bill said...

"In the Heat of the Night," 1967. This one actually is inspirational. A black detective from Philadelphia finds he has a lot in common with a gay southern sheriff:
actual dialogueGillespie: You know, you know Virgil, you are among the chosen few.
Virgil: How's that?
Gillespie: Well I think that you're the first human being that's ever been in here.
Virgil: You can't be too careful, man.
Gillespie:...I got no wife. I got no kids. Boy...I got a town that don't want me...I'll tell you a secret. Nobody comes here, never.

Goesh said...

I particularily liked Bill's assessment of Hoosiers.

tcd said...

Can't say I find any movie inspirational. Entertaining certainly, but not inspirational because what are movies anyway?Movies are play-acting at life. Now CB's post, that's inspirational!

MadisonMan said...

I particularily liked Bill's assessment of Hoosiers.

All of Bill's descriptions call to mind Mad Magazine movie parodies to me.

bill said...

"High Noon," 1952. Great movie, but where's the inspiration? John Wayne called the film's ending "un-American."

There is no time for triumphant celebration - theirs is a hollow victory.

Kane helps Amy board their packed buggy, brought to them by the faithful teenage boy. Then, he disdainfully looks around, reaches for his 'tin' badge, takes it off, contemptuously drops it into the dusty street, and turns to leave.

Without support from the people, Kane will no longer be their leader. Silently, without a backward glance or goodbye, he and Amy ride off into the distance from the community of weak, fickle onlookers in the saved, unremarkable town of Hadleyville ("a dirty little village in the middle of nowhere," according to the Judge). The contemptible crowd that was unwilling to fight to preserve its law and order remains silent as the buckboard goes out of view, accompanied by the title song's famous melancholy ballad.

AJ Lynch said...

What about Gladiator? The music alone made me want to run out of the theater and decapitate some Huns.

Anthony said...

Not sure how this reflects on me, but I think I've only seen two out of the top five.

bill said...

I'm working on all 100 movies, but this will be the last one I leave here:

"Sullivan's Travels," 1941. This would be inspirational, if Hollywood had paid attention to the epiphany of the main character:
He succeeds in understanding that his attitude toward the poor had bordered on patronization. He finally realizes the uplifting power of laughter, and decides to return to his true calling - the making of entertaining comedies to entertain rather than to edify.

...and stopped making moralizing crap like The Best Years of Our Lives and Philadelphia; and idiotic lists like this.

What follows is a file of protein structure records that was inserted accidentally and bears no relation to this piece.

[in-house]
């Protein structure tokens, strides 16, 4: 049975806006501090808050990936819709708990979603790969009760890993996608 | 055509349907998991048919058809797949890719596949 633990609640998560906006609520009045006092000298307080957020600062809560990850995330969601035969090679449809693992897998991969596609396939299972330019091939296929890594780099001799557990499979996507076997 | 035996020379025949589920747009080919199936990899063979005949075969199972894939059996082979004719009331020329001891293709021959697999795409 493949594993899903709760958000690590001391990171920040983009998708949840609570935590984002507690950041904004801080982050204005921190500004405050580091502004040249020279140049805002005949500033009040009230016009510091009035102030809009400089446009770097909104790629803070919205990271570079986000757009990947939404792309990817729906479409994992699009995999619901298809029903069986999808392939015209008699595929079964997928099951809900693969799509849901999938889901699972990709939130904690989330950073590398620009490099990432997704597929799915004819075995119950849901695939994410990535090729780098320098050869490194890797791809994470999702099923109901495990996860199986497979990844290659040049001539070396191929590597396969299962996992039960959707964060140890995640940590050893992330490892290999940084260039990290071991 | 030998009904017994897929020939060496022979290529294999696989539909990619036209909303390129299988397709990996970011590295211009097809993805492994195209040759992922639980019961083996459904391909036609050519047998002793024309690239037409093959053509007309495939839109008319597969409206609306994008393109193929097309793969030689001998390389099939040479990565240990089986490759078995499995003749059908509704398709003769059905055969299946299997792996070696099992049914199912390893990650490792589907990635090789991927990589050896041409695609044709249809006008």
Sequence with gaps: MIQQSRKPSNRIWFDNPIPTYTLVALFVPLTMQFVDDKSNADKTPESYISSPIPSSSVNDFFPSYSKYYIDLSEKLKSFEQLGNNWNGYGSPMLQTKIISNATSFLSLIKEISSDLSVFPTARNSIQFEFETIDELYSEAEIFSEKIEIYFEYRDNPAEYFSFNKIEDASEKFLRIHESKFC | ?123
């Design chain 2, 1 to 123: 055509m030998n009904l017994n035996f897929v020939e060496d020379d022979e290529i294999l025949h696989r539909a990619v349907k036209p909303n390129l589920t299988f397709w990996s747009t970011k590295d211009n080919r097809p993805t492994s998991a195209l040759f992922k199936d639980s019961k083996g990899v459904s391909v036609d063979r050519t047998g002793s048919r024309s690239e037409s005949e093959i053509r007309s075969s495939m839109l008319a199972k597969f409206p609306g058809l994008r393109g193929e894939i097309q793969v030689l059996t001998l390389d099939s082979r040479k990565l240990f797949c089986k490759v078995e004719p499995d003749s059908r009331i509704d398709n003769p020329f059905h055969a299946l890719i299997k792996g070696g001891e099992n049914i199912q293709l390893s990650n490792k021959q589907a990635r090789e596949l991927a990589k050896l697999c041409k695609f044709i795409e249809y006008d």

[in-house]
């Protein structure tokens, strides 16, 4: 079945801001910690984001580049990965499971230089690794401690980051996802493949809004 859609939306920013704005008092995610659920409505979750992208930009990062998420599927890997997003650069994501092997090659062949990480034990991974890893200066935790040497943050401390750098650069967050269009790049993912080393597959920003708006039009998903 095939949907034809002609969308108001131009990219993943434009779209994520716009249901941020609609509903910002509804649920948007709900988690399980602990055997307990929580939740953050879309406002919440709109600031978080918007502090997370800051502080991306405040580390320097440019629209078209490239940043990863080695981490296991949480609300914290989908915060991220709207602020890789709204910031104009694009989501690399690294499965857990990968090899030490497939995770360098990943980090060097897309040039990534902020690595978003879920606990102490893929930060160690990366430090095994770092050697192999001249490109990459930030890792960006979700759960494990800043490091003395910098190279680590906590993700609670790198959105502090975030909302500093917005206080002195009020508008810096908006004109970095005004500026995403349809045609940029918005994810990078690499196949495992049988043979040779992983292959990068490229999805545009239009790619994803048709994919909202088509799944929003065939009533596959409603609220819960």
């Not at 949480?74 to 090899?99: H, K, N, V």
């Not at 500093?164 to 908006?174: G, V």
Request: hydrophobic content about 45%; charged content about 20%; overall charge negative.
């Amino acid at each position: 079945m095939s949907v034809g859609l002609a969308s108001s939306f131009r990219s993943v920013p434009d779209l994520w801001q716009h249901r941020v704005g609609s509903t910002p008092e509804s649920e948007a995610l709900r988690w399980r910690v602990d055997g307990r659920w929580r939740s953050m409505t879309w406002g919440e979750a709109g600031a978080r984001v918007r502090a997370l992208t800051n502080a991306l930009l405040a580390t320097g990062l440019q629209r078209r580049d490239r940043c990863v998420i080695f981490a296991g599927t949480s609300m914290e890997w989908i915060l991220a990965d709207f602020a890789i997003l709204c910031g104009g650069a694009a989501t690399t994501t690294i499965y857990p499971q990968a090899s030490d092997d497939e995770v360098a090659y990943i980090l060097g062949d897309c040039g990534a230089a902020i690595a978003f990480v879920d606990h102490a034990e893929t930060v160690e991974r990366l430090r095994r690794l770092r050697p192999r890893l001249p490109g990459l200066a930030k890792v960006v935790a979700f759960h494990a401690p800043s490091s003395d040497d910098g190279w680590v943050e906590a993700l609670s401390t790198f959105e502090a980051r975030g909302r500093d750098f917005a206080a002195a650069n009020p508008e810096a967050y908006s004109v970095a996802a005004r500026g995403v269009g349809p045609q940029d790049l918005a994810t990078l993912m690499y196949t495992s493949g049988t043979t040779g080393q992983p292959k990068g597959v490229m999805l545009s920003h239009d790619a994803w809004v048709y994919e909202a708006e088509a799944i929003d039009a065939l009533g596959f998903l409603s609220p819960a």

PatCA said...

Watching this list is boring, but the movies aren't. Adam, I believe Madame Curie's story was one of the first inspirational movies mentioned. And if you think 50 Cent is the only one who can inspire teenagers or non-whites, you're wrong. These movies have stood the test of time for a reason.

jinnmabe said...

Anytime I see anything about The Bridge on the River Kwai I want to hear them talk about how the real survivors of that incident hated, hated, hated the movie because of how false it was to real life. The Alec Guinness character was...the list is too long. In any case, the real story is much more inspirational than the movie. Which I think is typical for Hollywood. They take a truly great story and muck it up.

Tristram said...

See, I don't see a lot of these as inspiring.

'On The Waterfront' was inspiring because it showed redepmtion and the ability to stand up to powerful, corrupt forces, but a lot more real than the candy coated 'Mr. Smith Goes to Washington'

And I find many war movies much more inspiring. The Battle of Midway, The Longest Day, A Bridge Too Far, Saving Private Ryan, 12 O'Clock High, etc., because they show what men can do under great adversity.

Henry said...

Bill -- good work.

I'm just wondering -- Where are the vigilante movies? What's more inspiring than having a vigilante show up and beat some sense into a bitter world? Who cares about The Majestic, where's Mr. Majestyk?

Adam said...

PATca, what about Malcolm X for an inspirational film? The Matrix? And, surely (though it was too late for this), Akeelah and the Bee.

Or how about just treating Philadelphia as though Denzel Washington were the hero, which he is?

Re teen movies, there's a ton that missed the cut: Dirty Dancing, Back to the Future, Legally Blonde were all well-reviewed at the time and broadly enjoyed, and they belong in this canon too. Breakfast Club?

Eugene said...

A truly inspiring movie? Blade Runner (before Ridley Scott recut and ruined it). Rutger Hauer's death soliloquy ("I've seen things you people wouldn't believe") is suffused with a poignancy and love of life rarely matched by deliberately "inspirational" films.

In the case of Mr. Smith Goes to Washington we have a supposed paean to American democracy featuring a protagonist who, in the first place, wasn't elected to anything. More importantly, set against Senator Paine's (Claude Raines) pork barrel dam project is Senator Smith's idiotic proposal to federalize a boy's camp. Corruption aside, the federal government does have a real interest in building dams, and zero business building Boy Scout camps. Herein we see the justification of a disastrous political philosophy that condones the extension of federal control into any aspect of life as long as our politicians "mean well."